I was so relieved to lay the little Bowerbird's heavy body down on the floor of the NGV's Great Hall as we watched foam dance and pour. Art gazers could not resist the urge to lift the security rope to touch the foam and launch it flying through the air. The gallery has never felt so busy or laid back, people were sprawled over the entrance floor doing graffiti. The atmosphere in the Great Hall was electric, like we were part of something special. I must confess we didn't leave without feeling a little foam, such a tactile sculpture, who could resist? I hope French artist, Michel Blazy didn't mind us touching his work.

At this stage all that was left to do was to get back home, there was no suggestion of carrying that heavy sleeping little one any further than necessary, at 11pm the other Bowerbirds were also looking very bleary eyed, it was close to 1am by the time we caught a tram back to our car and drove home. It was such a spectacular evening, I would have liked to stay all night and explore the never-ending nooks and crannies, to listen to music, and frolic. However, it was wonderful to share White Night with three wide eyed, children. Looking forward to doing it all again next year, maybe with a place to stay in the city so we could do some shifts with the kids. There was so much I would have liked to see but missed, thankyou to the organisers for this magical evening dedicated to the arts.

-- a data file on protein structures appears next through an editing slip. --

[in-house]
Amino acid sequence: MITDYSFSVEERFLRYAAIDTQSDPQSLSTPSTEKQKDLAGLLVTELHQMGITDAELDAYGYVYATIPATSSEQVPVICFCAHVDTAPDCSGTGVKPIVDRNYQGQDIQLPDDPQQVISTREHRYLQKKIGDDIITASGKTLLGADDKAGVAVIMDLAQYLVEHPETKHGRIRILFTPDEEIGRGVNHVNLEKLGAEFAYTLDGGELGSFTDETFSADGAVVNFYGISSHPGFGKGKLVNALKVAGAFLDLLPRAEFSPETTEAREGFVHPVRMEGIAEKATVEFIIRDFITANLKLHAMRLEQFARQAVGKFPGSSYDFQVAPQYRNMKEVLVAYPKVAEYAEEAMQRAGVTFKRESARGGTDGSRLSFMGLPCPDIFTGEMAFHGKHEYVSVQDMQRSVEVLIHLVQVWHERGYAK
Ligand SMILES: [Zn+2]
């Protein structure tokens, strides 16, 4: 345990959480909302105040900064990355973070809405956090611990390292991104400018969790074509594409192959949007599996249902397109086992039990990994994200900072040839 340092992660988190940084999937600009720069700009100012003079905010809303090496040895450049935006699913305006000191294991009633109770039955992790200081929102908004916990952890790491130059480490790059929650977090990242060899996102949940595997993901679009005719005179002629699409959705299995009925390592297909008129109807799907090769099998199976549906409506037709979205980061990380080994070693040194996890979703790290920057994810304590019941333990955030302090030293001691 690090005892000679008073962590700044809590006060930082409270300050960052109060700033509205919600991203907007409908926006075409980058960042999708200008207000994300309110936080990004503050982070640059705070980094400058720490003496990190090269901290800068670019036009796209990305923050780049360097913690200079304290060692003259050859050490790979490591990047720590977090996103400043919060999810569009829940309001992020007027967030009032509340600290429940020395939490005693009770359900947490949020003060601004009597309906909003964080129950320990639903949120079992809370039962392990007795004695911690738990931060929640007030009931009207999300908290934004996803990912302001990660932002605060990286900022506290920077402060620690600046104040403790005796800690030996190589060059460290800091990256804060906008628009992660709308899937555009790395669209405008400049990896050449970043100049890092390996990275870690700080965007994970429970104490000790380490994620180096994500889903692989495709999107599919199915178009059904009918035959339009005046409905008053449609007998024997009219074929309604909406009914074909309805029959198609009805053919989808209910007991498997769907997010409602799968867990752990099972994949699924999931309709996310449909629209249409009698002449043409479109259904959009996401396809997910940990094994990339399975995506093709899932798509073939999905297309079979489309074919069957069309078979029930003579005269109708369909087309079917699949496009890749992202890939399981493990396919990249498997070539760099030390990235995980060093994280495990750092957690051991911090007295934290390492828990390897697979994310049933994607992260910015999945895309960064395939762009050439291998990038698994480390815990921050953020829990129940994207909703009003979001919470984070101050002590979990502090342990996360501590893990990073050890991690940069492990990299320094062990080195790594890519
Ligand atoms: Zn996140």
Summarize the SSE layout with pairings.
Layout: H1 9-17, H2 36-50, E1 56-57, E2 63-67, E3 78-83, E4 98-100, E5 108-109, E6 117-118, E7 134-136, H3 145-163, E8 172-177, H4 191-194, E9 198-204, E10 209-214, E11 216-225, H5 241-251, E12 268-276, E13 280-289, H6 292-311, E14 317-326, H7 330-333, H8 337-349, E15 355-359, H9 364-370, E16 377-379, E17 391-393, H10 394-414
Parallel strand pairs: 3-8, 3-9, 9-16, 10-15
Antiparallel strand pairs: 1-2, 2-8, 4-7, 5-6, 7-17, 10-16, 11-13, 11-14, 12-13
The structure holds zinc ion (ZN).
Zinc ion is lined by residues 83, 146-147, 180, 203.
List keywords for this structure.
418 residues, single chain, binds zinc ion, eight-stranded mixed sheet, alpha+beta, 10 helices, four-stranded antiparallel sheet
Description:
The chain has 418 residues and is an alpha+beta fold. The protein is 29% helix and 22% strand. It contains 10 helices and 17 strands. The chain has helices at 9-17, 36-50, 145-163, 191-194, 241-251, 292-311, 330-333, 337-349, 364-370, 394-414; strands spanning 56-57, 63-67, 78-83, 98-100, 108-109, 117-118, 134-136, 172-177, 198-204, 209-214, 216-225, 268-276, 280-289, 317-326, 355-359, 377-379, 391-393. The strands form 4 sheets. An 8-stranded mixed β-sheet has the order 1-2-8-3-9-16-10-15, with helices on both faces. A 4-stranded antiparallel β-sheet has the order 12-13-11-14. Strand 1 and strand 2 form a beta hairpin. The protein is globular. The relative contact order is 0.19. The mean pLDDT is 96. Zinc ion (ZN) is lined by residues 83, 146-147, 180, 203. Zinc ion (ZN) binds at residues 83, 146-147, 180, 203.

Saturday, February 23, 2013

No more standby - Saving Energy

This week a friendly backpacker came and installed (plugged in) these two devices in my house for free, they arrived after I responded to an add in the local paper. Now, if the telly has been on for an hour, it suddenly (and still unexpectedly) turns itself off, you can change this setting to a longer watching period but I quite like the heavy handed reminder that we've been sitting still for too long. When the computer is turned off all its associated equipment is shut down too.  No more sucking energy for no good reason.

This program does seem like quite an extravagant government initiative, and a boon to backpackers.  I would have been prepared to contribute something to pay for the device. I wonder if the money could have been invested more wisely, perhaps in green technology research, but I am grateful for this little helpful freebie, reducing our bills and using less electricity is a win win for us.

Some other things we've been doing to save energy.

I've been experimenting with turning off our hot water service for a couple of days at a time, it seems that we have enough hot water in our tank to last at least three days, so it need not be reheating itself every night.

I've been using our solar rocket a bit more this month and we boil the kettle and then fill a Thermos only once or twice a day to make our cuppas.

Our new bigger front load washing machine (it's quite a beast), that we bought after our last front loader died, uses more energy than its smaller counterpart, but I am doing far less loads so I think this may be kinder on our energy and water use. A huge upside to our dry summer is the ease in which everything dries on the line.

It will be interesting to see if our small changes are noticeable on our next power bill, I'll keep you informed.